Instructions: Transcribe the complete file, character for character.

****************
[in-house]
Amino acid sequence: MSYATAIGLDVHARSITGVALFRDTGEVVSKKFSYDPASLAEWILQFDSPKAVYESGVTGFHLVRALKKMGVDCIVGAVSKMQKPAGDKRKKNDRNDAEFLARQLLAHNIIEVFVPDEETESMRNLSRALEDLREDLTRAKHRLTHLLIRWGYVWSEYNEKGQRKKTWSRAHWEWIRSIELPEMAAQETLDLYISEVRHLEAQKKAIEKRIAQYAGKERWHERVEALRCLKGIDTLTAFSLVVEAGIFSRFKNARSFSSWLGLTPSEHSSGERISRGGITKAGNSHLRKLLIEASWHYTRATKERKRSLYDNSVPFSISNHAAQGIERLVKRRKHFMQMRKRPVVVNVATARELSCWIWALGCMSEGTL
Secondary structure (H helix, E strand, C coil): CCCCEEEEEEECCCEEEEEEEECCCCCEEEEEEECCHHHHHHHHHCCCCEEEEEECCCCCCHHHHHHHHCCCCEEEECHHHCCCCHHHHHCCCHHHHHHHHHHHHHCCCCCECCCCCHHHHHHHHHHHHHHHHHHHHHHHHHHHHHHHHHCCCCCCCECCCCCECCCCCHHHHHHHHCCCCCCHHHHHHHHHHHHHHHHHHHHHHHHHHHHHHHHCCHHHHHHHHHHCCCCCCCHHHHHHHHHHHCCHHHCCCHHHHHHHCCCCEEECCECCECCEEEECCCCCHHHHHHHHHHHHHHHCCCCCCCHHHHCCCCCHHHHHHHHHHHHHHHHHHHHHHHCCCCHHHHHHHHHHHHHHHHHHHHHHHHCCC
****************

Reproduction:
[in-house]
Amino acid sequence: MSYATAIGLDVHARSITGVALFRDTGEVVSKKFSYDPASLAEWILQFDSPKAVYESGVTGFHLVRALKKMGVDCIVGAVSKMQKPAGDKRKKNDRNDAEFLARQLLAHNIIEVFVPDEETESMRNLSRALEDLREDLTRAKHRLTHLLIRWGYVWSEYNEKGQRKKTWSRAHWEWIRSIELPEMAAQETLDLYISEVRHLEAQKKAIEKRIAQYAGKERWHERVEALRCLKGIDTLTAFSLVVEAGIFSRFKNARSFSSWLGLTPSEHSSGERISRGGITKAGNSHLRKLLIEASWHYTRATKERKRSLYDNSVPFSISNHAAQGIERLVKRRKHFMQMRKRPVVVNVATARELSCWIWALGCMSEGTL
Secondary structure (H helix, E strand, C coil): CCCCEEEEEEECCCEEEEEEEECCCCCEEEEEEECCHHHHHHHHHCCCCEEEEEECCCCCCHHHHHHHHCCCCEEEECHHHCCCCHHHHHCCCHHHHHHHHHHHHHCCCCCECCCCCHHHHHHHHHHHHHHHHHHHHHHHHHHHHHHHHHCCCCCCCECCCCCECCCCCHHHHHHHHCCCCCCHHHHHHHHHHHHHHHHHHHHHHHHHHHHHHHHCCHHHHHHHHHHCCCCCCCHHHHHHHHHHHCCHHHCCCHHHHHHHCCCCEEECCECCECCEEEECCCCCHHHHHHHHHHHHHHHCCCCCCCHHHHCCCCCHHHHHHHHHHHHHHHHHHHHHHHCCCCHHHHHHHHHHHHHHHHHHHHHHHHCCC